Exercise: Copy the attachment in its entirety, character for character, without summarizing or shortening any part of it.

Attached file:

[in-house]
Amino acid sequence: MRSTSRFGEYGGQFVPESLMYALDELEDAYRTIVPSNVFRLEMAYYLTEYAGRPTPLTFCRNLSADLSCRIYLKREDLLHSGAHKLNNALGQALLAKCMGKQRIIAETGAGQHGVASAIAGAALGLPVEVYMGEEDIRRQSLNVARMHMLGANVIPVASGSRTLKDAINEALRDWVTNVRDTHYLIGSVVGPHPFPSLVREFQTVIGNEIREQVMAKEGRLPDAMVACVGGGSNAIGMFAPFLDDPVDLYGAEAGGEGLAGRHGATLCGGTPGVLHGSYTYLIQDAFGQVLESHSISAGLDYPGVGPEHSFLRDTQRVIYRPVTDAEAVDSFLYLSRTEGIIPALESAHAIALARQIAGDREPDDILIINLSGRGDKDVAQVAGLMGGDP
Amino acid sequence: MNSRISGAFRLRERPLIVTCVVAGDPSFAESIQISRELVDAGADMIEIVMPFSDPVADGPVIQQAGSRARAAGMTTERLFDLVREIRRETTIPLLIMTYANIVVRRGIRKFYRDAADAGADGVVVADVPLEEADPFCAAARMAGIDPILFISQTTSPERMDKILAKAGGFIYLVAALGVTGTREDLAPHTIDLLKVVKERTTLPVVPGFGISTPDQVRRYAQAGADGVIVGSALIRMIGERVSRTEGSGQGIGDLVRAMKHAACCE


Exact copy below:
[in-house]
Amino acid sequence: MRSTSRFGEYGGQFVPESLMYALDELEDAYRTIVPSNVFRLEMAYYLTEYAGRPTPLTFCRNLSADLSCRIYLKREDLLHSGAHKLNNALGQALLAKCMGKQRIIAETGAGQHGVASAIAGAALGLPVEVYMGEEDIRRQSLNVARMHMLGANVIPVASGSRTLKDAINEALRDWVTNVRDTHYLIGSVVGPHPFPSLVREFQTVIGNEIREQVMAKEGRLPDAMVACVGGGSNAIGMFAPFLDDPVDLYGAEAGGEGLAGRHGATLCGGTPGVLHGSYTYLIQDAFGQVLESHSISAGLDYPGVGPEHSFLRDTQRVIYRPVTDAEAVDSFLYLSRTEGIIPALESAHAIALARQIAGDREPDDILIINLSGRGDKDVAQVAGLMGGDP
Amino acid sequence: MNSRISGAFRLRERPLIVTCVVAGDPSFAESIQISRELVDAGADMIEIVMPFSDPVADGPVIQQAGSRARAAGMTTERLFDLVREIRRETTIPLLIMTYANIVVRRGIRKFYRDAADAGADGVVVADVPLEEADPFCAAARMAGIDPILFISQTTSPERMDKILAKAGGFIYLVAALGVTGTREDLAPHTIDLLKVVKERTTLPVVPGFGISTPDQVRRYAQAGADGVIVGSALIRMIGERVSRTEGSGQGIGDLVRAMKHAACCE